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Arch Biochem Biophys. 1998 Nov 15;359(2):297-304.

Binding of dynein light chain (PIN) to neuronal nitric oxide synthase in the absence of inhibition.

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  • 1Departamento de Bioquímica y Biología Molecular, Facultad de Ciencias Químicas, Universidad Complutense, Madrid, 28040, Spain.

Abstract

PIN, an 89-amino-acid polypeptide found in a rat hippocampal cDNA library using the yeast two-hybrid system and various neuronal nitric oxide synthase (nNOS) fragments as bait, was reported to be an inhibitor of nNOS (Science 274, 774-778, 1996). PIN reportedly inhibited nNOS selectively and did not interact with either the endothelial or inducible nitric oxide synthase isoforms. Inhibition was attributed to the ability of PIN to dissociate the catalytically active nNOS homodimer. PIN is a dynein light chain (J. Biol. Chem. 271, 19358-19366, 1996), which suggested that PIN may serve as an axonal transport protein for nNOS. We have synthesized a rat PIN cDNA by recursive polymerase chain reaction and have expressed the protein in Escherichia coli. Recombinant PIN is a folded dimeric, mostly alpha-helical protein with a single deeply buried tryptophan residue. We have also expressed and purified the nNOS fragment to which PIN reportedly binds (residues 163-245). This recombinant peptide has a disordered secondary structure. Gel-filtration experiments show that PIN binds to both the full-length nNOS and nNOS fragment. However, PIN neither inhibits nNOS activity nor dissociates the nNOS dimer into monomeric species. PIN thus possibly functions as a dynein light chain involved in nNOS axonal transport but is not an inhibitor of the enzyme. Our results agree with the proposal (Cell 82, 743-752, 1995) that the PIN recognition sequence in nNOS both lies outside the catalytic core and is not part of the monomer-monomer contact region.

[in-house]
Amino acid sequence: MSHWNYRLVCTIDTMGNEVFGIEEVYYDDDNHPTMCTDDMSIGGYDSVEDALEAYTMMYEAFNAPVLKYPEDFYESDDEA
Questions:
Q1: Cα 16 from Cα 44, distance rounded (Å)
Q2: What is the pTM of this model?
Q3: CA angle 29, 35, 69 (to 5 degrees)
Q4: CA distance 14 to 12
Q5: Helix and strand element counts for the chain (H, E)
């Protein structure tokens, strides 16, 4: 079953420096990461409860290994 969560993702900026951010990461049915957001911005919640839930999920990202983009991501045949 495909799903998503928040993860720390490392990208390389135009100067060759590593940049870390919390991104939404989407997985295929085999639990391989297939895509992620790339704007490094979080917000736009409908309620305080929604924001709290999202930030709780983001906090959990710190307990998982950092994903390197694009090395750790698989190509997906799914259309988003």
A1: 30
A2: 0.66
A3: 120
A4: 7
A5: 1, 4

Copyright 1998 Academic Press.

PMID:
9808772
[PubMed - indexed for MEDLINE]
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